Tuesday, 10 February 2009

Bhutan : A demon-inspired migration

10 February, 2009 - Farmers in rural Bhutan abandon their villages when wild animals attack crops or humans, or they lose their farmland to landslides or even in search of a better life.

Phungshing villagers in Thrimshing dungkhag have a spookier reason. Villagers started leaving Phungshing in the early 1990s when the local paw (shaman) told them that the death of a middle-aged villager was caused by a demon that resided below the village. More people died in the following years and villagers started abandoning Phungshing in droves.

Located on a gentle slope of a low hill descending into the Ngera Ama chhu (river), Phungshing is a fertile village where farmers grow maize, potato, chili and orange. According to villagers, since the shaman’s warning, many people, who did not heed the warning, died. They say most deaths were sudden and strange.

About half a dozen people from that village have perished so far. A household, according to villagers, moved away for good after losing two members in successive years.

“My father was healthy and strong when he died in 2006,” said Thukten Tshering, 35, who left Phungshing that year itself. “Those, who died after my father, were all young and healthy men. We had no choice but to leave the village,” said Thukten.

From more than a dozen domiciles in the early 1990s, today only two households located above Phungshing are occupied. Most houses in these parts are two-storied traditional structures with CGI roofing. All the houses are closed in by khengpa (artemisia) bushes.

Villagers have since moved over to nearby and safer villages. Thukten lives with his paternal uncle in Sako. “Its pains me to look at my land going to waste in front of own eyes. It used to be full of maize, potato and chili,” he said pointing towards Phungshing, where several houses can be seen surrounded by thickets.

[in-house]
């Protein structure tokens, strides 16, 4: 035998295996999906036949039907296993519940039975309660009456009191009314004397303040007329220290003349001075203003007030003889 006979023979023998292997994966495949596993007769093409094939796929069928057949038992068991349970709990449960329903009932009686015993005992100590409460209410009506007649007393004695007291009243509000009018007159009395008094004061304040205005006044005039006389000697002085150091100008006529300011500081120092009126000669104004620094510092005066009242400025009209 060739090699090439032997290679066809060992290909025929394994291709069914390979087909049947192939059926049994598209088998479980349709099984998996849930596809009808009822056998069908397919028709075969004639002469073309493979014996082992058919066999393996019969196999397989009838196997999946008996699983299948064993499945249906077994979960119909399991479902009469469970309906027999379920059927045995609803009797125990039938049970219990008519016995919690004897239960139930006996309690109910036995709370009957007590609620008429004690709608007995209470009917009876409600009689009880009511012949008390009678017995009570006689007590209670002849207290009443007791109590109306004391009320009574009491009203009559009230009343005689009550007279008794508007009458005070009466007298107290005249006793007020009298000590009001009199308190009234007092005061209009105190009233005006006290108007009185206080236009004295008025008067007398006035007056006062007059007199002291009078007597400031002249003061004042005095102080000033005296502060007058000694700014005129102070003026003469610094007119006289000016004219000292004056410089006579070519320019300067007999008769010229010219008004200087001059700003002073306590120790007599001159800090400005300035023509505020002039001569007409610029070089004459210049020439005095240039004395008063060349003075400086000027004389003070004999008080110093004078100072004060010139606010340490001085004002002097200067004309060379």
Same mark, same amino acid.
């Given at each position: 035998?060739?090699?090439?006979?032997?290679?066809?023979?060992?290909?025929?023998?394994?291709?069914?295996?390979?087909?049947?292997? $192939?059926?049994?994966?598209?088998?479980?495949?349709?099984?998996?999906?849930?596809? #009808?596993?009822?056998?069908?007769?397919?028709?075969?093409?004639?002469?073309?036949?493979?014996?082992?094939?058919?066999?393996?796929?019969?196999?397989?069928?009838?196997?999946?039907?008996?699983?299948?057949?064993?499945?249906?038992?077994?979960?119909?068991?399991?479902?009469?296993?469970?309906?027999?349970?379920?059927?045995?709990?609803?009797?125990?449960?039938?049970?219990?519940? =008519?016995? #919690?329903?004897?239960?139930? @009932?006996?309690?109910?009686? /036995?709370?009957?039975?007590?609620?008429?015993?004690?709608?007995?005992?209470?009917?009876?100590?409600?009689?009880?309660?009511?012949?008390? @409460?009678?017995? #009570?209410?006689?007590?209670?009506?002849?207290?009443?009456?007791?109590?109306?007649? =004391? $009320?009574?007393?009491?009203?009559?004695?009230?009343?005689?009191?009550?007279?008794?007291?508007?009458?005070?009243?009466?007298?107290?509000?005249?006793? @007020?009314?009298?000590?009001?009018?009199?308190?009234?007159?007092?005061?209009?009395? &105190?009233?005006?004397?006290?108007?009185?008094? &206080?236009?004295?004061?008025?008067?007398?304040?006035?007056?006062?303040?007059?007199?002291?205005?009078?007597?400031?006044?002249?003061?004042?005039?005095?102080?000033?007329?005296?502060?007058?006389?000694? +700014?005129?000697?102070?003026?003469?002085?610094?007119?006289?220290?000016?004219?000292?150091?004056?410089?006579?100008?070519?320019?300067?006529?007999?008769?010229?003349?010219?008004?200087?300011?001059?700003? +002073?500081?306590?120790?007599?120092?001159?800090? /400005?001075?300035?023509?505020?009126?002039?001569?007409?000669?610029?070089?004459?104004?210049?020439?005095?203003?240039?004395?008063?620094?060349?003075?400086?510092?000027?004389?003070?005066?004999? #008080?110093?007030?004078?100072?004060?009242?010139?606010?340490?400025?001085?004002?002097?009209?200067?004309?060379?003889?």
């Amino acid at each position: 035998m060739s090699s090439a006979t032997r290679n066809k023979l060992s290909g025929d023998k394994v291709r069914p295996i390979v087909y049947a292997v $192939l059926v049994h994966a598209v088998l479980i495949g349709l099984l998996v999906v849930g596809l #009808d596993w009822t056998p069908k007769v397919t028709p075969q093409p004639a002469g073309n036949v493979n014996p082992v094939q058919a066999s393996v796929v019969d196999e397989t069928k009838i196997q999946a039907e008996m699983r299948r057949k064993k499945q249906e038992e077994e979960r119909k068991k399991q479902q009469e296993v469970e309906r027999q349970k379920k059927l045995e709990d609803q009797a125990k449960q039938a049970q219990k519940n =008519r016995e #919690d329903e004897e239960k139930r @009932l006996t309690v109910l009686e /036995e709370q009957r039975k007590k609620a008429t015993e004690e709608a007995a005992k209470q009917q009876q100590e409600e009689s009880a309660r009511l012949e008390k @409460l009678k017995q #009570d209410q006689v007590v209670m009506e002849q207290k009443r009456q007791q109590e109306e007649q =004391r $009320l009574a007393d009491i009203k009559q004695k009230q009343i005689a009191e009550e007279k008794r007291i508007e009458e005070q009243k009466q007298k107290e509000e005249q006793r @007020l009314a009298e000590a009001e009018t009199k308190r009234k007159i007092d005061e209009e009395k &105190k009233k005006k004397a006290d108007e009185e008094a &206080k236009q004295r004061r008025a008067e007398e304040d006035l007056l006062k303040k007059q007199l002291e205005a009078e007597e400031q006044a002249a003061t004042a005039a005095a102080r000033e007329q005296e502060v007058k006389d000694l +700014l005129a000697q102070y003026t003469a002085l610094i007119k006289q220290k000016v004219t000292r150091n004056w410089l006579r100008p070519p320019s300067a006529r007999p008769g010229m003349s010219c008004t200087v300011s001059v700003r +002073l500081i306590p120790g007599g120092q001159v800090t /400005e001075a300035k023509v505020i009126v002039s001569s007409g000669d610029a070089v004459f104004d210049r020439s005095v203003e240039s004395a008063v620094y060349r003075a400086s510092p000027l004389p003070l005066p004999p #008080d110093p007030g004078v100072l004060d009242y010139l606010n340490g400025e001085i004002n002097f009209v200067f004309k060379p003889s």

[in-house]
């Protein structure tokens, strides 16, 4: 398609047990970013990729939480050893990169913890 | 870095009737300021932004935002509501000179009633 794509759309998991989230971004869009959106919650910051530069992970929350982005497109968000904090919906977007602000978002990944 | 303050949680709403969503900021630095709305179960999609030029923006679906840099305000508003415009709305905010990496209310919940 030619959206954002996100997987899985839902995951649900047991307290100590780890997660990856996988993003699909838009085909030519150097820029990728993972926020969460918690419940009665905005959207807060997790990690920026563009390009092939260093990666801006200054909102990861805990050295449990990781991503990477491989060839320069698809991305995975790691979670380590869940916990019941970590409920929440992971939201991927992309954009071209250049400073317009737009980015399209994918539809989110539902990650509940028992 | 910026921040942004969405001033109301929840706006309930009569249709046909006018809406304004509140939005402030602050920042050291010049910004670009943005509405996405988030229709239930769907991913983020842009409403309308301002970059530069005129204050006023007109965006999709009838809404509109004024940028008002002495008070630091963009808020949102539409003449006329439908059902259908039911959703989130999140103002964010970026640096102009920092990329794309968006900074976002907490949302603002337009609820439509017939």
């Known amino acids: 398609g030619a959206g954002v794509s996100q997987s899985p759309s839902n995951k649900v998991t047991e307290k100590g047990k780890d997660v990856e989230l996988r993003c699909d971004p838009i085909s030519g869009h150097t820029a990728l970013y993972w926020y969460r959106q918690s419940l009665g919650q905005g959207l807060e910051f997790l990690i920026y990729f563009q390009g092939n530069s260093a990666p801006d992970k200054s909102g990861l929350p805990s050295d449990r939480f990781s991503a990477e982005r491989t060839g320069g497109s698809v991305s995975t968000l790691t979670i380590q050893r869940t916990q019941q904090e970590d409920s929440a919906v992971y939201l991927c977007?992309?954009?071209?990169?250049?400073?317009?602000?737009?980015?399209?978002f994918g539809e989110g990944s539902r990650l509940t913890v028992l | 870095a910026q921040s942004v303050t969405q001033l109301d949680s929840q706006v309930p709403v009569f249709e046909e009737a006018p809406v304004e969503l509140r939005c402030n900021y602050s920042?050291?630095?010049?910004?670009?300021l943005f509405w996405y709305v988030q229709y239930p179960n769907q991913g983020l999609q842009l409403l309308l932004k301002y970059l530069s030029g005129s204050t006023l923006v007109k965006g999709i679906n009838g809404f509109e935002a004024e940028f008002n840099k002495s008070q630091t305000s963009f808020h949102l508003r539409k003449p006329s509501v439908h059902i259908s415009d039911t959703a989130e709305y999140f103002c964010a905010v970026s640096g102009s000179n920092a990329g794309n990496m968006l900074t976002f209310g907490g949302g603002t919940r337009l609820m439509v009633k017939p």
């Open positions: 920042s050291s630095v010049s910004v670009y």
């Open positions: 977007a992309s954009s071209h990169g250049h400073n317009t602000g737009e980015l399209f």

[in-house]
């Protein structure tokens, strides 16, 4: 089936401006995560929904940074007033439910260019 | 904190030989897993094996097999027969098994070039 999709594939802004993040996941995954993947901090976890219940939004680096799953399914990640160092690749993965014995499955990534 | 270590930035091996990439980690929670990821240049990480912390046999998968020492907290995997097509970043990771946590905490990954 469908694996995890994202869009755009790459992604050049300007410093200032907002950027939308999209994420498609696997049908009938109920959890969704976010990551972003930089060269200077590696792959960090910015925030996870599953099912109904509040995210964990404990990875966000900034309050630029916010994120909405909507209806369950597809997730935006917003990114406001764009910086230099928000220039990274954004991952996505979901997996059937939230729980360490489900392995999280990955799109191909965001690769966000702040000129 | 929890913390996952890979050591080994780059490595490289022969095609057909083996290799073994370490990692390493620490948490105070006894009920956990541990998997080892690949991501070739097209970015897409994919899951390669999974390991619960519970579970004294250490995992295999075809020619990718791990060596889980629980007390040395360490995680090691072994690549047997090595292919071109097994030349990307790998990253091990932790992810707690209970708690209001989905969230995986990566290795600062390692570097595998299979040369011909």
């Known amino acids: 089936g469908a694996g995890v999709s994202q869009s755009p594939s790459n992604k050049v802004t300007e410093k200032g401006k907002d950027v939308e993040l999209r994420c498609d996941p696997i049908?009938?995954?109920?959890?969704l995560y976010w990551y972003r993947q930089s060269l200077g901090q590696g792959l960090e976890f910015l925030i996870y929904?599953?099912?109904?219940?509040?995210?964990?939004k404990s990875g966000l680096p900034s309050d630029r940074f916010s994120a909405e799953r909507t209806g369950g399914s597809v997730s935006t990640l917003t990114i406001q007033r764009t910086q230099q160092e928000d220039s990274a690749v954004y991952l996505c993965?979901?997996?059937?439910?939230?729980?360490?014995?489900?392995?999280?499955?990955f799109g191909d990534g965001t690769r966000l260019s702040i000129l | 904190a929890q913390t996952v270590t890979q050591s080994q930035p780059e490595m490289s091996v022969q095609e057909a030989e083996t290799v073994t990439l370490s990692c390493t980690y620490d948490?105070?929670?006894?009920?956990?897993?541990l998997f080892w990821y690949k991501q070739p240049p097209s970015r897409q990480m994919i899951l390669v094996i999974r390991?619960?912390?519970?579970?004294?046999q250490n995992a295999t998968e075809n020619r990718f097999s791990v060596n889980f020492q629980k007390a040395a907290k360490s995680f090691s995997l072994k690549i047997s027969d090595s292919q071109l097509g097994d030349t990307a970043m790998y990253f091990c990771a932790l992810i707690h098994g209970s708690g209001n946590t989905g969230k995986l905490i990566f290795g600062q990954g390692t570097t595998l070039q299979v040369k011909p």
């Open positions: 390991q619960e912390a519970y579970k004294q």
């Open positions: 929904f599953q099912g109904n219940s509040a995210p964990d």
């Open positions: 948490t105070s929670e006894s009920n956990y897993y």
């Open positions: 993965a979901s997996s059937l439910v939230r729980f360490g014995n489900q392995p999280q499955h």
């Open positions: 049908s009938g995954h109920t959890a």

In 1993, three households left their village together when their children died suddenly, without falling ill, according to Phuntsho Norbu from Sako, a neighbouring village.

Pema Wangchuk, 40, from Thungkhar, had taken in his doubly widowed mother when his stepfather, aged 50, died all of a sudden in 2007. “He had come to vote in a tshogpa election in which I was a also nominee. He died a few hours after he fainted suddenly,” said Pema Wangchuk. “He didn’t have any sickness.”

Although living with someone away from their village is difficult, villagers dread going back to Phungshing, even after a chorten was erected to offset any evil influence.

“We might invoke the wrath of the demon if we go back and work on our fields,” said Pema Wangchuk. “We’ve invested a lot in building the houses,” he said.

About an hour’s walk from Phungshing, another farmer, Yonten, is constructing a new house. He left Phungshing a year ago when his immediate neighbour left for Tsirang, to live with relatives.

The chorten was consecrated by Garab Rinpoche last year and nothing strange has been recorded since. But villagers fear a recurrence. “It’s risky to go back,” said a villager.

By Tshering Palden


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